On Thursday 26th September at ESCP’s 14th Annual Conference in Vienna, three renowned speakers from across Europe took the stage to present at the joint ESCP/EAES (European Association for Endoscopic Surgery) Symposium held in Plenary Hall A. The morning session was chaired by Alexey Petrov (Russia) and Des Winter (Ireland).

Presenter at the ESCP/EAES Symposium

Antonino Spinelli (Italy) kicked off with a presentation on SILS (single incision laparoscopic surgery) for colectomy. He ran through common criticisms which included the procedure presenting no aesthetic advantage, questionable significance on pain levels and a lack of exposure to the rectum. While he agreed that that he’s experienced frustrations in the past due to the complexity and clash of camera and instruments, he argued SILS in 2019 is much more advanced.

Curved and advanced energy devices are now available, meaning crossed instruments are no longer an issue and with abdominal use of robotic single port systems on the horizon, the game is set to change even further.
He also put forward advantages and disadvantages regarding single-incision laparoscopy versus multiport laparoscopy for colonic surgery, concluding that they are not all that different. While single port may offer a poor first impression, it is undeniably a flexible tool and not restricted to periumbilical. Single port is also essential for transanal approaches (endo+extraluminal).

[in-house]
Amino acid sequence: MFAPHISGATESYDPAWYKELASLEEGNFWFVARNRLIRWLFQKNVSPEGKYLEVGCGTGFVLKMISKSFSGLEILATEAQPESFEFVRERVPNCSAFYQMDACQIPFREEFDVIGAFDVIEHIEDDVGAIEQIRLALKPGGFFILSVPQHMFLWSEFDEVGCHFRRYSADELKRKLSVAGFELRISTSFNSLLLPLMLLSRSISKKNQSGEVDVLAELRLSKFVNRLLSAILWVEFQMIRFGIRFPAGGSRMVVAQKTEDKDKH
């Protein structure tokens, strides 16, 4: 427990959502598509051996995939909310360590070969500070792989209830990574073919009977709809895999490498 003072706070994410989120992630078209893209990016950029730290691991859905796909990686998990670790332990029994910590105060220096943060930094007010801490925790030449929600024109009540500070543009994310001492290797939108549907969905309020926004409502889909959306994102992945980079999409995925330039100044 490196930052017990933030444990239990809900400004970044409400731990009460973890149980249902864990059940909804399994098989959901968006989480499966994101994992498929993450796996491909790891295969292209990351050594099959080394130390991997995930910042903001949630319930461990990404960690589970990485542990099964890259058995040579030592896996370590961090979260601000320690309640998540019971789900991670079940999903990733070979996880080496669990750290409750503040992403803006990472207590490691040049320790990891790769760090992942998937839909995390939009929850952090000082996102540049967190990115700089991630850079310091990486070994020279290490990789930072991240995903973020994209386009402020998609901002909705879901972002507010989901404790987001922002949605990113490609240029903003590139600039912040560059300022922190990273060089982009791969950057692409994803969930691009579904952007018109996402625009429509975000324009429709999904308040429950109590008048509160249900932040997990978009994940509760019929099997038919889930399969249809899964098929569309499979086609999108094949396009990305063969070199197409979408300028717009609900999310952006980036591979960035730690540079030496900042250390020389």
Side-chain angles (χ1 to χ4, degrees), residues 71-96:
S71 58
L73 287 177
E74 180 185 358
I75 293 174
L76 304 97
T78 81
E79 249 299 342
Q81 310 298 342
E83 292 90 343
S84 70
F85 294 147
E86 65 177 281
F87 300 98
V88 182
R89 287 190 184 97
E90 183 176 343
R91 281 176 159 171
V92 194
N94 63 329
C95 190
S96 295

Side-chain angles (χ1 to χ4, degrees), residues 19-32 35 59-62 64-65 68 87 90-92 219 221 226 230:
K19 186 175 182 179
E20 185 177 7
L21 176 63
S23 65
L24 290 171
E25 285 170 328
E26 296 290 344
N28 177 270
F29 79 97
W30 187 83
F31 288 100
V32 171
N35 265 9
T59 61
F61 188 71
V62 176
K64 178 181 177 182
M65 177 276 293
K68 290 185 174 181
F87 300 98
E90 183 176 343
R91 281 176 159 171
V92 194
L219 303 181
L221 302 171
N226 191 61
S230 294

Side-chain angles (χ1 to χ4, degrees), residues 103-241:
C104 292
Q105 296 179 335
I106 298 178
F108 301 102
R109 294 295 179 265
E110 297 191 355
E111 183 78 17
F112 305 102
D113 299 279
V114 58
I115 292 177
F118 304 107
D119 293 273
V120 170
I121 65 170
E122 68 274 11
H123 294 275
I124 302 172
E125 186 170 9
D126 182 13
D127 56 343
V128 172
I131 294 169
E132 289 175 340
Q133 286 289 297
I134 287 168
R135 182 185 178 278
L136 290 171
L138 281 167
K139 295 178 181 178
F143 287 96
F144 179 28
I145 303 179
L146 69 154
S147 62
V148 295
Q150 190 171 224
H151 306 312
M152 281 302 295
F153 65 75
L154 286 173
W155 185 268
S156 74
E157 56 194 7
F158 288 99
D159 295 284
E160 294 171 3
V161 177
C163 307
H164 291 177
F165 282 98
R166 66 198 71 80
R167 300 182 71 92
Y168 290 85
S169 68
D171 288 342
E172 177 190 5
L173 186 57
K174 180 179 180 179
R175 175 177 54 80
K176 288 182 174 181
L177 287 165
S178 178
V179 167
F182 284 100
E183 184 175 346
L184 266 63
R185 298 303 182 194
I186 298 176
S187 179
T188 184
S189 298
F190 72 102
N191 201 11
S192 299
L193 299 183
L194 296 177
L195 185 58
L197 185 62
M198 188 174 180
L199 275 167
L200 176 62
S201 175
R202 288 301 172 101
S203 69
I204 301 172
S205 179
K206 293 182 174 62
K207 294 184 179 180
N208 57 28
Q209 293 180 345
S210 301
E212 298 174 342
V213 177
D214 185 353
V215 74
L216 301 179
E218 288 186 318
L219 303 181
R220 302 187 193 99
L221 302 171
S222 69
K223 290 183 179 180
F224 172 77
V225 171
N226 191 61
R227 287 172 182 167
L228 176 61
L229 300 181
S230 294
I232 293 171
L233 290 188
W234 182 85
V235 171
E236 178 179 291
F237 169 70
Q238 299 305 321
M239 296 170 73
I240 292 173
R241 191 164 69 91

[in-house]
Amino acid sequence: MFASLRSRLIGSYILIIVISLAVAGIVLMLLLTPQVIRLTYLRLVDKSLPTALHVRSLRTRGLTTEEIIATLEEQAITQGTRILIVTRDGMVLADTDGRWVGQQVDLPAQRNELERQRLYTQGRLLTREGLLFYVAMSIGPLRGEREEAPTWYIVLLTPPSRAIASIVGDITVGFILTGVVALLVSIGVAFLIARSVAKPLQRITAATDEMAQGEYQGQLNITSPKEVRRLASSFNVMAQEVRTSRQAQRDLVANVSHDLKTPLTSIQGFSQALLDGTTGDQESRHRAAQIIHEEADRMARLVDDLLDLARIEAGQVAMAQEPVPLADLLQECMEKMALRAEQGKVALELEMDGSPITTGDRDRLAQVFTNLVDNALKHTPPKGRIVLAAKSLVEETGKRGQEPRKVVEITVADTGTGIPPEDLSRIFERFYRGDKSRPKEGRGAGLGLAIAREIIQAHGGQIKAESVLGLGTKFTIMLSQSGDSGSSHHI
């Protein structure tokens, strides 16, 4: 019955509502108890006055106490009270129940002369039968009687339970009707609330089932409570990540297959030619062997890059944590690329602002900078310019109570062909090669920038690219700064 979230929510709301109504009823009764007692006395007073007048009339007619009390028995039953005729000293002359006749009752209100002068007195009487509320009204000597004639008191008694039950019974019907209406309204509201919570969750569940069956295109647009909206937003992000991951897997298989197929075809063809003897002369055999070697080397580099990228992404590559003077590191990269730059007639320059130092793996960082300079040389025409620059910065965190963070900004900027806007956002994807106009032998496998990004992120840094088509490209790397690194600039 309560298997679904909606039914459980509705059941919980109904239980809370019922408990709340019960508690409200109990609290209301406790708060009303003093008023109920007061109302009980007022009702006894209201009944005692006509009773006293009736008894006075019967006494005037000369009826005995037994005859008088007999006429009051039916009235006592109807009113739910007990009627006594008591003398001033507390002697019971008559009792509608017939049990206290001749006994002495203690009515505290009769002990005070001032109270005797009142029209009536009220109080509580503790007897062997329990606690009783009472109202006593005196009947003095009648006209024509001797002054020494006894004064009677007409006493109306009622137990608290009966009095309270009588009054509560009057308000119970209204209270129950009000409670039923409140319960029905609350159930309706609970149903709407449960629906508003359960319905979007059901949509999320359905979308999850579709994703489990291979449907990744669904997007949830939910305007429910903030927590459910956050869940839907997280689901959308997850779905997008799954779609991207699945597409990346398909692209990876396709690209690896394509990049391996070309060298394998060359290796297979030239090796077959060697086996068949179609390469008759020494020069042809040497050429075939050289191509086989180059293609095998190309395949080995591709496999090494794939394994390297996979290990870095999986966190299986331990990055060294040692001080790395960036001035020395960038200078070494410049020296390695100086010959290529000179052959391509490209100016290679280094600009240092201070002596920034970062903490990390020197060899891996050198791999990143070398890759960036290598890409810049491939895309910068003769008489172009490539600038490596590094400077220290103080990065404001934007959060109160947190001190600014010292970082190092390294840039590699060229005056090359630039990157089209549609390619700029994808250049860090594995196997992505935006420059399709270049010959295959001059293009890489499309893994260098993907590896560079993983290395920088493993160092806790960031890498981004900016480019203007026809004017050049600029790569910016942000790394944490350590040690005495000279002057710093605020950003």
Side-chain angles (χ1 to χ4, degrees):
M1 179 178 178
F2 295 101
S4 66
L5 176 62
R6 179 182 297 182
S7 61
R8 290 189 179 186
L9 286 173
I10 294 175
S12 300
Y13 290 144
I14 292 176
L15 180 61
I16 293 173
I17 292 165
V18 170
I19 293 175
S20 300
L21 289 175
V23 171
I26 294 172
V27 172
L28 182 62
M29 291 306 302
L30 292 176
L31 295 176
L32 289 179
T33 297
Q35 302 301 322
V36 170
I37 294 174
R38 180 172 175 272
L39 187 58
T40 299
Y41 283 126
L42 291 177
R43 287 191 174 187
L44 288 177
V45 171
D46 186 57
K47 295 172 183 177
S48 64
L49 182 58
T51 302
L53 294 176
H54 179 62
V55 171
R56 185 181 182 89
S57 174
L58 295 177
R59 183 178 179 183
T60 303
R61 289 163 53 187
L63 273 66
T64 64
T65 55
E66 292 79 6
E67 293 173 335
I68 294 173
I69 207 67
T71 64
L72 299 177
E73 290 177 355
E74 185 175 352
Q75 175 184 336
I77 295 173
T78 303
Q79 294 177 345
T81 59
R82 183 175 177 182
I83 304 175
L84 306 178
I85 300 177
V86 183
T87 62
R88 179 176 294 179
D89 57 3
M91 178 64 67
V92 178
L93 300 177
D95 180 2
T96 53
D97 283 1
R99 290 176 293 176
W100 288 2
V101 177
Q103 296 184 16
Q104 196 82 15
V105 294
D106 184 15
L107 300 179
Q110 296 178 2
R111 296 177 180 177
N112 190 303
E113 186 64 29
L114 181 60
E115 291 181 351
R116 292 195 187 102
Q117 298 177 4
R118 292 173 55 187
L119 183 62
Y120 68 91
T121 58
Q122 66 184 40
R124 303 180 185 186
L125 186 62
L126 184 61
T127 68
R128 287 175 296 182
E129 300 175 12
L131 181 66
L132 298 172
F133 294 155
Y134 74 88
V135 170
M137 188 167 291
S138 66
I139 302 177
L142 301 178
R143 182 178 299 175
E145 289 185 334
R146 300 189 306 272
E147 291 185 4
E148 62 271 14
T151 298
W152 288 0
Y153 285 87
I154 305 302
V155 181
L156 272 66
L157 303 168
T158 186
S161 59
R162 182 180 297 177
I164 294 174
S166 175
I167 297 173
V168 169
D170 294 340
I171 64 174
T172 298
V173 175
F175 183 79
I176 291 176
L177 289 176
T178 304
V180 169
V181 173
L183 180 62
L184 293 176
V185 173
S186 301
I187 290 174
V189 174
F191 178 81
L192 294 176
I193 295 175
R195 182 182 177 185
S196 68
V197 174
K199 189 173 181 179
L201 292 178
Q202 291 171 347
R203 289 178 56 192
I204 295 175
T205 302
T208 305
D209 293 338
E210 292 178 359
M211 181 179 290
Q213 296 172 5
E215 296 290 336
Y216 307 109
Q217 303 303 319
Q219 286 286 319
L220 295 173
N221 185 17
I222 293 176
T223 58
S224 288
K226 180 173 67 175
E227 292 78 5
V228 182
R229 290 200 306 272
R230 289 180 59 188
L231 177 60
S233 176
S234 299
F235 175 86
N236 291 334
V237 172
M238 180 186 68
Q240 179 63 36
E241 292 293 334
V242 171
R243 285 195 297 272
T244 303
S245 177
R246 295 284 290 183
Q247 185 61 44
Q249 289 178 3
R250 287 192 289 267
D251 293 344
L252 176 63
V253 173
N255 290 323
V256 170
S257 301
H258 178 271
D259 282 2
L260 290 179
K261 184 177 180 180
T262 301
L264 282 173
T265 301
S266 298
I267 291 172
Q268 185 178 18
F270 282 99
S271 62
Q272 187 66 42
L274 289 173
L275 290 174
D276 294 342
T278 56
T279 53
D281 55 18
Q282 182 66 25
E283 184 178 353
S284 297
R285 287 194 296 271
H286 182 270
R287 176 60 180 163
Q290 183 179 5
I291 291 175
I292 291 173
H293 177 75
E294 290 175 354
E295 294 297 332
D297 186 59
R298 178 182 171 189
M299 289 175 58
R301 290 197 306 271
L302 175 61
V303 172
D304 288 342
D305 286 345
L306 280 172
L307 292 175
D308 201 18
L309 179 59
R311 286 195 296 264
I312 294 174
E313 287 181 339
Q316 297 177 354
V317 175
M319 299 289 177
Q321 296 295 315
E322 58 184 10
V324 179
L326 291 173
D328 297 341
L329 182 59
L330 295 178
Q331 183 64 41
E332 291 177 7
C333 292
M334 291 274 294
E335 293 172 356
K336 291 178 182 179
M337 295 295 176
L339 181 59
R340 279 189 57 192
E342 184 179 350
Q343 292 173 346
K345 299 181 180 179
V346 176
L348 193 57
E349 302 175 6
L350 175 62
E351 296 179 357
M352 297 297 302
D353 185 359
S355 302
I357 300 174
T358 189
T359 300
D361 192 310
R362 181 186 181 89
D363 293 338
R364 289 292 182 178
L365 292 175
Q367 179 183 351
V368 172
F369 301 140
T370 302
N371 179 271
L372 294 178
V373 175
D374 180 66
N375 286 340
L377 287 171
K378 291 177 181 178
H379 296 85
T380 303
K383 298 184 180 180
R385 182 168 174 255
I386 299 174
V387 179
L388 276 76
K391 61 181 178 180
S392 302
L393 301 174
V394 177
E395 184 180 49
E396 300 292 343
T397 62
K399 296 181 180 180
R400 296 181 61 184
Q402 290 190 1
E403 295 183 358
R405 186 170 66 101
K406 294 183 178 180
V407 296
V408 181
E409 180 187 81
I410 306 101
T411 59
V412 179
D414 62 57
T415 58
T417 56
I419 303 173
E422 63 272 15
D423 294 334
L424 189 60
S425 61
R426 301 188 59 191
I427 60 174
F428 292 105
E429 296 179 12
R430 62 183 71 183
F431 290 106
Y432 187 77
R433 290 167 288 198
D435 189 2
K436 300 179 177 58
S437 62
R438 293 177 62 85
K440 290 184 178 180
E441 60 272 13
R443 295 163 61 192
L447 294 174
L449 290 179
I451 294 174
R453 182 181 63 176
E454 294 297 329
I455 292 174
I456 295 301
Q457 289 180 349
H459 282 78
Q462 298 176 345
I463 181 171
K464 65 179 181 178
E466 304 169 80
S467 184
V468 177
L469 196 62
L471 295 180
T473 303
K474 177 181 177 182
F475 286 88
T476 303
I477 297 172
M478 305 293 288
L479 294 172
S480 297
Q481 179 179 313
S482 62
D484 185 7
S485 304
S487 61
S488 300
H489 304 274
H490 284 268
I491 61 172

Robin Kennedy (UK) from St. Mark’s Hospital and Imperial College began the second presentation on complex polyps. He presented the results from the FLEX study (in its second phase) – an evaluation of complete polyp excision with secure closure of the excision site. These polyps are often large and situated within a difficult position of the bowel.

A detailed video of the FLEX procedure was shown to attendees which showcased the intricacy required.

While the procedure saw local success overall, Robin stated that it’s still very much under development. Early data does suggest it is safe for excision of selected benign polyps however modifications of transcolonic suture placement are required. Robin concluded that wider adoption is needed before a more definitive evaluation can be performed.

Lastly, Roland S. Croner (Germany) from the University of Magdeburg discussed techniques and pitfalls regarding laparoscopic complete mesocolic excision (Lap CME).

Roland provided commentary on a series of videos including vessel dissections which showcased both successes and difficulties. He went on to explain the rationale, current level of evidence and limitations regarding CME as well as laparoscopic approach in order to achieve optimal results for patients.

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